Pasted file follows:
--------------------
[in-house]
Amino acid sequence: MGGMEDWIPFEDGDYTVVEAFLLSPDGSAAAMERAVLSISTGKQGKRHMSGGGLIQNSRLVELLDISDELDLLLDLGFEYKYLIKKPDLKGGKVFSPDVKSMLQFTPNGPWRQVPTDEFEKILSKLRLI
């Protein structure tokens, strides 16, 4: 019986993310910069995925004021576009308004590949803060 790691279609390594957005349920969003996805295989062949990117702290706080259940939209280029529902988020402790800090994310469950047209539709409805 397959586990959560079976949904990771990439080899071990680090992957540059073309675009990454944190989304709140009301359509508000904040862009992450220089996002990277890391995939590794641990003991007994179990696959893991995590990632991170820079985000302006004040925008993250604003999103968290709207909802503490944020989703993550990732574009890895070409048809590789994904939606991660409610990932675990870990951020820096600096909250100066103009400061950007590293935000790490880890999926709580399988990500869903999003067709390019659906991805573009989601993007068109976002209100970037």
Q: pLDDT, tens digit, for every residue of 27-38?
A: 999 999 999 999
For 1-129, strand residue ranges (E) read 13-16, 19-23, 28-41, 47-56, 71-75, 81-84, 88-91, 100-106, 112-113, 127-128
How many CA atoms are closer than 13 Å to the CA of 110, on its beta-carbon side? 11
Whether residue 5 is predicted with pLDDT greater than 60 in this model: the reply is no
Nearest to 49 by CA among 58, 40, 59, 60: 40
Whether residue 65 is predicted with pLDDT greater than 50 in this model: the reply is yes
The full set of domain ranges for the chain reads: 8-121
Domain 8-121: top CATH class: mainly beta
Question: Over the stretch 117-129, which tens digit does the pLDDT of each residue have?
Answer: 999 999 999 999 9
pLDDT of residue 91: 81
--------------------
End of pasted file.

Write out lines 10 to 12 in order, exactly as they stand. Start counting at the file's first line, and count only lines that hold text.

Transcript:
Whether residue 65 is predicted with pLDDT greater than 50 in this model: the reply is yes
The full set of domain ranges for the chain reads: 8-121
Domain 8-121: top CATH class: mainly beta